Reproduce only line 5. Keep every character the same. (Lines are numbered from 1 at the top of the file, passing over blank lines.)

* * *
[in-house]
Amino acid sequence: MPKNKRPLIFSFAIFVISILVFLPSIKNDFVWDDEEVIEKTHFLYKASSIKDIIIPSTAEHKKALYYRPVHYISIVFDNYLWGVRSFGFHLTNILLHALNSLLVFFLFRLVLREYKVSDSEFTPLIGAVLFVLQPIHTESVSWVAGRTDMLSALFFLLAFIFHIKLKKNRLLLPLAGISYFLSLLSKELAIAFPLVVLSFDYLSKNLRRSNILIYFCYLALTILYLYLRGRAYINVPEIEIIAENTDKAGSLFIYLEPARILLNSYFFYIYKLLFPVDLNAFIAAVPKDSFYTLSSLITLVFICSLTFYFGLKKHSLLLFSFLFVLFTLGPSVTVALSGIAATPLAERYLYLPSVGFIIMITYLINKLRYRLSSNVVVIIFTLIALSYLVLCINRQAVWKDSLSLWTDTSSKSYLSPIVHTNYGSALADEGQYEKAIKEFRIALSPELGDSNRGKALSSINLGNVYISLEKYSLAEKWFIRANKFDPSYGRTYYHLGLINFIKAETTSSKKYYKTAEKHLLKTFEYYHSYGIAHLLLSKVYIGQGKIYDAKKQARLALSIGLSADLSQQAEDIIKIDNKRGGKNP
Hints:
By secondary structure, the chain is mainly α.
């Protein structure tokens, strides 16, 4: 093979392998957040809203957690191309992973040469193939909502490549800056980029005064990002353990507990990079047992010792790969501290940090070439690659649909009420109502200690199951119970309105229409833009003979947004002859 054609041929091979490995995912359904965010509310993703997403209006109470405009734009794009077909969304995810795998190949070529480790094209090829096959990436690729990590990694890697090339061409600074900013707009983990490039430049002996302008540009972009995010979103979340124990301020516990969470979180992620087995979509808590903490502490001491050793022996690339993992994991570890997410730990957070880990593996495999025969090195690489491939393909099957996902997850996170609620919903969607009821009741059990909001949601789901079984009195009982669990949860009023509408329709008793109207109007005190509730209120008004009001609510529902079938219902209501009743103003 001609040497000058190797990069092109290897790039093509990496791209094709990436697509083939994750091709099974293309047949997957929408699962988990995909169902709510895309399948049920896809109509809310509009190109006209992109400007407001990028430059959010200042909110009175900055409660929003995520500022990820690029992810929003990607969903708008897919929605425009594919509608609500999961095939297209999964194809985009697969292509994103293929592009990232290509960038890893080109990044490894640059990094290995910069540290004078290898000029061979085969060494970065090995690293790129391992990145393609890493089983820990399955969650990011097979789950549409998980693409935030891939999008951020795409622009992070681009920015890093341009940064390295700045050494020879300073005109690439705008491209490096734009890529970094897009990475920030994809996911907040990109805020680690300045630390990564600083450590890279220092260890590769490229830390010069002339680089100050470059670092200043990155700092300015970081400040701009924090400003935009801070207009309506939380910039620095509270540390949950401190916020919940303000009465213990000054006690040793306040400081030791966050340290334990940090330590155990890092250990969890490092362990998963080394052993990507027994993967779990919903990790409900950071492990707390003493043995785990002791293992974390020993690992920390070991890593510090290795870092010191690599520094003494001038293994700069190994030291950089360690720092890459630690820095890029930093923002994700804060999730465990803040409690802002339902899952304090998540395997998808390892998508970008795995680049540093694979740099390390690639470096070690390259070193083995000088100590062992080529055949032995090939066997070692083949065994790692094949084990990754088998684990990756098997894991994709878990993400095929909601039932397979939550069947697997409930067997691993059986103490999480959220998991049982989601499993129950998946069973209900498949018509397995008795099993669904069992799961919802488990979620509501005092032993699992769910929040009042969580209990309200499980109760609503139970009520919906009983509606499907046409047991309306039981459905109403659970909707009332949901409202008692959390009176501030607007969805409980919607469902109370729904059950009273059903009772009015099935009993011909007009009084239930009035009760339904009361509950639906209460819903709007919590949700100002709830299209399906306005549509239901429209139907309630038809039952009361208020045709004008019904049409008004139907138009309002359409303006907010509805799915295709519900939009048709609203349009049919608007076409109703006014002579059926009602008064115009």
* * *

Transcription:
């Protein structure tokens, strides 16, 4: 093979392998957040809203957690191309992973040469193939909502490549800056980029005064990002353990507990990079047992010792790969501290940090070439690659649909009420109502200690199951119970309105229409833009003979947004002859 054609041929091979490995995912359904965010509310993703997403209006109470405009734009794009077909969304995810795998190949070529480790094209090829096959990436690729990590990694890697090339061409600074900013707009983990490039430049002996302008540009972009995010979103979340124990301020516990969470979180992620087995979509808590903490502490001491050793022996690339993992994991570890997410730990957070880990593996495999025969090195690489491939393909099957996902997850996170609620919903969607009821009741059990909001949601789901079984009195009982669990949860009023509408329709008793109207109007005190509730209120008004009001609510529902079938219902209501009743103003 001609040497000058190797990069092109290897790039093509990496791209094709990436697509083939994750091709099974293309047949997957929408699962988990995909169902709510895309399948049920896809109509809310509009190109006209992109400007407001990028430059959010200042909110009175900055409660929003995520500022990820690029992810929003990607969903708008897919929605425009594919509608609500999961095939297209999964194809985009697969292509994103293929592009990232290509960038890893080109990044490894640059990094290995910069540290004078290898000029061979085969060494970065090995690293790129391992990145393609890493089983820990399955969650990011097979789950549409998980693409935030891939999008951020795409622009992070681009920015890093341009940064390295700045050494020879300073005109690439705008491209490096734009890529970094897009990475920030994809996911907040990109805020680690300045630390990564600083450590890279220092260890590769490229830390010069002339680089100050470059670092200043990155700092300015970081400040701009924090400003935009801070207009309506939380910039620095509270540390949950401190916020919940303000009465213990000054006690040793306040400081030791966050340290334990940090330590155990890092250990969890490092362990998963080394052993990507027994993967779990919903990790409900950071492990707390003493043995785990002791293992974390020993690992920390070991890593510090290795870092010191690599520094003494001038293994700069190994030291950089360690720092890459630690820095890029930093923002994700804060999730465990803040409690802002339902899952304090998540395997998808390892998508970008795995680049540093694979740099390390690639470096070690390259070193083995000088100590062992080529055949032995090939066997070692083949065994790692094949084990990754088998684990990756098997894991994709878990993400095929909601039932397979939550069947697997409930067997691993059986103490999480959220998991049982989601499993129950998946069973209900498949018509397995008795099993669904069992799961919802488990979620509501005092032993699992769910929040009042969580209990309200499980109760609503139970009520919906009983509606499907046409047991309306039981459905109403659970909707009332949901409202008692959390009176501030607007969805409980919607469902109370729904059950009273059903009772009015099935009993011909007009009084239930009035009760339904009361509950639906209460819903709007919590949700100002709830299209399906306005549509239901429209139907309630038809039952009361208020045709004008019904049409008004139907138009309002359409303006907010509805799915295709519900939009048709609203349009049919608007076409109703006014002579059926009602008064115009």